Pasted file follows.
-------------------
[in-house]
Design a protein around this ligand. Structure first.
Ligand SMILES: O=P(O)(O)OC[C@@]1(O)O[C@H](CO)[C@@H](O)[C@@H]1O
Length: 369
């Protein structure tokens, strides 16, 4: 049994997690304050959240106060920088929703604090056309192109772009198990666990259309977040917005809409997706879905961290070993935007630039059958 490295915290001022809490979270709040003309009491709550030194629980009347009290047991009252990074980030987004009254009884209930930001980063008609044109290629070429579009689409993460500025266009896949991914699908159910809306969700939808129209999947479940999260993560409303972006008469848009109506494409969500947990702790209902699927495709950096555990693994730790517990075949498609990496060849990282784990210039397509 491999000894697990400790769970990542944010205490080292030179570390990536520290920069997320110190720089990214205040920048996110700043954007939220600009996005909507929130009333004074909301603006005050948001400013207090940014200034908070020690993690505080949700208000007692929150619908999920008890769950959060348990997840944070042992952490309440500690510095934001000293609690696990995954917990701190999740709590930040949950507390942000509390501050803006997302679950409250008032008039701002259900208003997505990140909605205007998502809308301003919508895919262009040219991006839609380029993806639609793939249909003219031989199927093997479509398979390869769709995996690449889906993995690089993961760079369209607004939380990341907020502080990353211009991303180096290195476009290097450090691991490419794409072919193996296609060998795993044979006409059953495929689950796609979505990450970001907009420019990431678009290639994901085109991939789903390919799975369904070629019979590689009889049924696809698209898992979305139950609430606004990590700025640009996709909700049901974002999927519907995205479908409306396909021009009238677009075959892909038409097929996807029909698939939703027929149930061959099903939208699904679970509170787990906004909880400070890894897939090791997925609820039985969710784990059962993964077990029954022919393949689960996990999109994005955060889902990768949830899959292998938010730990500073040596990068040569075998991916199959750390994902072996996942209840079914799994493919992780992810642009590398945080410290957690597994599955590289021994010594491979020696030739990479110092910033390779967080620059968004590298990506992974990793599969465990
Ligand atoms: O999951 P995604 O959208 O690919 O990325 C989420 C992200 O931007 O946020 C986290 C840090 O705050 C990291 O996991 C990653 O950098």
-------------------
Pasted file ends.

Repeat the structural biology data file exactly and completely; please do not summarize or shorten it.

[in-house]
Design a protein around this ligand. Structure first.
Ligand SMILES: O=P(O)(O)OC[C@@]1(O)O[C@H](CO)[C@@H](O)[C@@H]1O
Length: 369
């Protein structure tokens, strides 16, 4: 049994997690304050959240106060920088929703604090056309192109772009198990666990259309977040917005809409997706879905961290070993935007630039059958 490295915290001022809490979270709040003309009491709550030194629980009347009290047991009252990074980030987004009254009884209930930001980063008609044109290629070429579009689409993460500025266009896949991914699908159910809306969700939808129209999947479940999260993560409303972006008469848009109506494409969500947990702790209902699927495709950096555990693994730790517990075949498609990496060849990282784990210039397509 491999000894697990400790769970990542944010205490080292030179570390990536520290920069997320110190720089990214205040920048996110700043954007939220600009996005909507929130009333004074909301603006005050948001400013207090940014200034908070020690993690505080949700208000007692929150619908999920008890769950959060348990997840944070042992952490309440500690510095934001000293609690696990995954917990701190999740709590930040949950507390942000509390501050803006997302679950409250008032008039701002259900208003997505990140909605205007998502809308301003919508895919262009040219991006839609380029993806639609793939249909003219031989199927093997479509398979390869769709995996690449889906993995690089993961760079369209607004939380990341907020502080990353211009991303180096290195476009290097450090691991490419794409072919193996296609060998795993044979006409059953495929689950796609979505990450970001907009420019990431678009290639994901085109991939789903390919799975369904070629019979590689009889049924696809698209898992979305139950609430606004990590700025640009996709909700049901974002999927519907995205479908409306396909021009009238677009075959892909038409097929996807029909698939939703027929149930061959099903939208699904679970509170787990906004909880400070890894897939090791997925609820039985969710784990059962993964077990029954022919393949689960996990999109994005955060889902990768949830899959292998938010730990500073040596990068040569075998991916199959750390994902072996996942209840079914799994493919992780992810642009590398945080410290957690597994599955590289021994010594491979020696030739990479110092910033390779967080620059968004590298990506992974990793599969465990
Ligand atoms: O999951 P995604 O959208 O690919 O990325 C989420 C992200 O931007 O946020 C986290 C840090 O705050 C990291 O996991 C990653 O950098």